Can Social Networks Change Our Brain?
Scientists funded by the Wellcome Trust have found a direct link between the number of ‘Facebook friends’ a person has and the size of particular brain regions. In a study published today in the Proceedings of the Royal Society B, researchers at University College London (UCL) also showed that the more Facebook friends a person has, the more ‘real-world’ friends they are likely to have.
The researchers stress that they have found a correlation and not a cause, however: in other words, it is not possible from the data to say whether having more Facebook friends makes the regions of the brain larger or whether some people are ‘hardwired’ to have more friends.
The social networking site Facebook has more than 800 million active users worldwide. The site allows people to keep in touch online with a network of friends. The sizes of individual networks vary considerably, and some users have only a handful of online friends while others have over a thousand; however, whether this variability is reflected in the size of real-world social networks has not been clear.
According to Professor Geraint Rees, a Wellcome Trust Senior Clinical Research Fellow at UCL, “online social networks are massively influential, yet we understand very little about the impact they have on our brains. This has led to a lot of unsupported speculation that the internet is somehow bad for us. Our study will help us begin to understand how our interactions with the world are mediated through social networks. This should allow us to start asking intelligent questions about the relationship between the internet and the brain – scientific questions, not political ones.”
Brain scans of 125 university students – all active Facebook users – were studied compared against the size of the students’ network of friends, both online and in the real world. Their findings were replicated in a further group of 40 students.
The researchers found a strong connection between the number of Facebook friends an individual had and the amount of grey matter in several regions of the brain. One of these regions was the amygdala, a region associated with processing memory and emotional responses. A recent study showed that the volume of grey matter in this area is larger in people with a larger network of real-world friends – today’s study shows that the same is true for people with a larger network of online friends.
The size of three other regions – the right superior temporal sulcus, the left middle temporal gyrus and the right entorhinal cortex – also correlated with online social networks but did not appear to correlate with real-world networks.
The superior temporal sulcus has a role in our ability to perceive a moving object as biological, and structural defects in this region have been identified in some children with autism. The entorhinal cortex, meanwhile, has been linked to memory and navigation – including navigating through online social networks. Finally, the middle temporal gyrus has been shown to activate in response to the gaze of others and so is implicated in perception of social cues.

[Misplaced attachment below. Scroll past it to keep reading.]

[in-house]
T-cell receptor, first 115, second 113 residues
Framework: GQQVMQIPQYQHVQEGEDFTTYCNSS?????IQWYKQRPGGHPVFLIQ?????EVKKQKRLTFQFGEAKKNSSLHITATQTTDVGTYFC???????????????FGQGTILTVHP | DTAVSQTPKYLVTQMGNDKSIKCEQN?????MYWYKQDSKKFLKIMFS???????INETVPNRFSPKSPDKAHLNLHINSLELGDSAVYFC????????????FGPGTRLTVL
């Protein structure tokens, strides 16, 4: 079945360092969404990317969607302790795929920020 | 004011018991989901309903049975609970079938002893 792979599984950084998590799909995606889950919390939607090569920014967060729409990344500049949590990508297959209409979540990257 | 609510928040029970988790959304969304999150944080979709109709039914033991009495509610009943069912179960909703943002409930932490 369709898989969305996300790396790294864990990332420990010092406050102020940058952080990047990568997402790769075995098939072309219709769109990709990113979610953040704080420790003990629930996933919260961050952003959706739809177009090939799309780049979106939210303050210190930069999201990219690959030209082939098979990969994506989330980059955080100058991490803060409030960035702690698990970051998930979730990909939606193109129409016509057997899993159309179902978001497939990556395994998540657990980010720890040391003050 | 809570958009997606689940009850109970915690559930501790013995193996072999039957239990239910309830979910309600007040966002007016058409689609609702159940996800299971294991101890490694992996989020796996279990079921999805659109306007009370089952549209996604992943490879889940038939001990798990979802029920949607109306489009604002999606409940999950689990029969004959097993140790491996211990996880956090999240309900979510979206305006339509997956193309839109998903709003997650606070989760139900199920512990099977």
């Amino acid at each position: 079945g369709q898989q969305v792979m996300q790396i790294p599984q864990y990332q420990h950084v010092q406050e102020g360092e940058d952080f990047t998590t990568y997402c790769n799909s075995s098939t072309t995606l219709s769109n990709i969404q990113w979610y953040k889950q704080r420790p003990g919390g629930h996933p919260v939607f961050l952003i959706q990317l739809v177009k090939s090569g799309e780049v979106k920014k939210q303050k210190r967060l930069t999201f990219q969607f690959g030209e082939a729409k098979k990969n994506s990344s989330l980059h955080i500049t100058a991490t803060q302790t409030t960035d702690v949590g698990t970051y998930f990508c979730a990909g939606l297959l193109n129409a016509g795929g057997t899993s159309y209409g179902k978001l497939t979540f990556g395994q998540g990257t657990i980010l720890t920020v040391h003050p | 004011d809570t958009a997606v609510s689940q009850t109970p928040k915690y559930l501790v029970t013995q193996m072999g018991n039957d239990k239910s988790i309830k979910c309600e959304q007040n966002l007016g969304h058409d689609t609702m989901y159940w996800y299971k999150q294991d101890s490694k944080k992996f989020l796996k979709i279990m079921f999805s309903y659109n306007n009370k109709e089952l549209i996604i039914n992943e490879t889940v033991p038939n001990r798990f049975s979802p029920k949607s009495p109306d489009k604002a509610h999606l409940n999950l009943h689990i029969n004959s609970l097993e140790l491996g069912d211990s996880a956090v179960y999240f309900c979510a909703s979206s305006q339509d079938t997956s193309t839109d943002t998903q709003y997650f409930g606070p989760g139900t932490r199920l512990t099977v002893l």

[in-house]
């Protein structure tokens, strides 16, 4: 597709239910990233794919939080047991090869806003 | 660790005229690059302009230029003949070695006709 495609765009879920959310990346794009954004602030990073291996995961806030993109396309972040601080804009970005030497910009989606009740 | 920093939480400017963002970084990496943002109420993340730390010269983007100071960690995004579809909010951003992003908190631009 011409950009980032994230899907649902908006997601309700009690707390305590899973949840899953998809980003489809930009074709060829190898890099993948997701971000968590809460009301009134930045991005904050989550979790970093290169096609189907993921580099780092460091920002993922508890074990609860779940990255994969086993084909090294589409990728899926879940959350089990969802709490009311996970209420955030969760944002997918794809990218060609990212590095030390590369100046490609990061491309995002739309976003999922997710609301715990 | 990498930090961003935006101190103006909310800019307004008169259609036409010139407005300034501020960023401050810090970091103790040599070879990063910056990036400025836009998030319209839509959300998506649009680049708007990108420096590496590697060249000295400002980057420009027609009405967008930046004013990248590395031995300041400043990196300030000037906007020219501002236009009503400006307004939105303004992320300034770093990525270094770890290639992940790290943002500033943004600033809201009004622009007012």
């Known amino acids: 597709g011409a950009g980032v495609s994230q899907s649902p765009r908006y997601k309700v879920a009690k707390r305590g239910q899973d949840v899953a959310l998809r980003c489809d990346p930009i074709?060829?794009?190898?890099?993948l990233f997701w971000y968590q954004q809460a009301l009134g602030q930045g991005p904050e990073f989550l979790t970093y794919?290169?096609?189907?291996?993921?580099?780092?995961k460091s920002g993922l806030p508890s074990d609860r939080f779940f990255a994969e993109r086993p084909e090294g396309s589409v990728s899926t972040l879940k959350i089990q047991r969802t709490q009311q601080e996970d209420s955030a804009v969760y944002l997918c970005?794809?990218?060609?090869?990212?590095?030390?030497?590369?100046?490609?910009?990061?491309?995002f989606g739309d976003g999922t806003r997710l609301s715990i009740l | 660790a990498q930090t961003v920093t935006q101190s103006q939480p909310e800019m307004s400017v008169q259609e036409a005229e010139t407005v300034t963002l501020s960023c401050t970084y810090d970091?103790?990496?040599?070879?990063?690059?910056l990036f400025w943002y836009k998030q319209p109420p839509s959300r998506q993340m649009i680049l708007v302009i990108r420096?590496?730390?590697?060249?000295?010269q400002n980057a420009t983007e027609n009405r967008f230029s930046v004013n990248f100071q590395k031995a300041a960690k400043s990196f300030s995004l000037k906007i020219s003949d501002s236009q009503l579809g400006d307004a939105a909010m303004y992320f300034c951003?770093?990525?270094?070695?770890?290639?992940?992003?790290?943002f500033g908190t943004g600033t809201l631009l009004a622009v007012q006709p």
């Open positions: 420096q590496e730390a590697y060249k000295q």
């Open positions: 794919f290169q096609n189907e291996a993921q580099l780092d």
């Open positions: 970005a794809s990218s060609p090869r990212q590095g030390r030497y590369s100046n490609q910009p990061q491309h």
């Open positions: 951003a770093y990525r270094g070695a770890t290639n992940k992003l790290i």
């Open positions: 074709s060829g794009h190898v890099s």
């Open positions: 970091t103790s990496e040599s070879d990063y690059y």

Dr Ryota Kanai, first author of the study, added: “We have found some interesting brain regions that seem to link to the number of friends we have – both ‘real’ and ‘virtual’. The exciting question now is whether these structures change over time – this will help us answer the question of whether the internet is changing our brains.”
As well as examining brain structure, the researchers also examined whether there was a link between the size of a person’s online network of friends and their real-world network. Previous studies have looked at this, but only in relatively small sample sizes.
The UCL researchers asked their volunteers questions such as ‘How many people would send a text message to you marking a celebratory event (e.g. birthday, new job, etc.)?’, ‘What is the total number of friends in your phonebook?’ and ‘How many friends have you kept from school and university that you could have a friendly conversation with now?’ The responses suggest that the size of their online networks also related to the size of their real world networks.
“Our findings support the idea that most Facebook users use the site to support their existing social relationships, maintaining or reinforcing these friendships, rather than just creating networks of entirely new, virtual friends,” adds Professor Rees.
Commenting on the study, Dr John Williams, Head of Neuroscience and Mental Health at the Wellcome Trust, said: “We cannot escape the ubiquity of the internet and its impact on our lives, yet we understand little of its impact on the brain, which we know is plastic and can change over time. This new study illustrates how well-designed investigations can help us begin to understand whether or not our brains are evolving as they adapt to the challenges posed by social media.”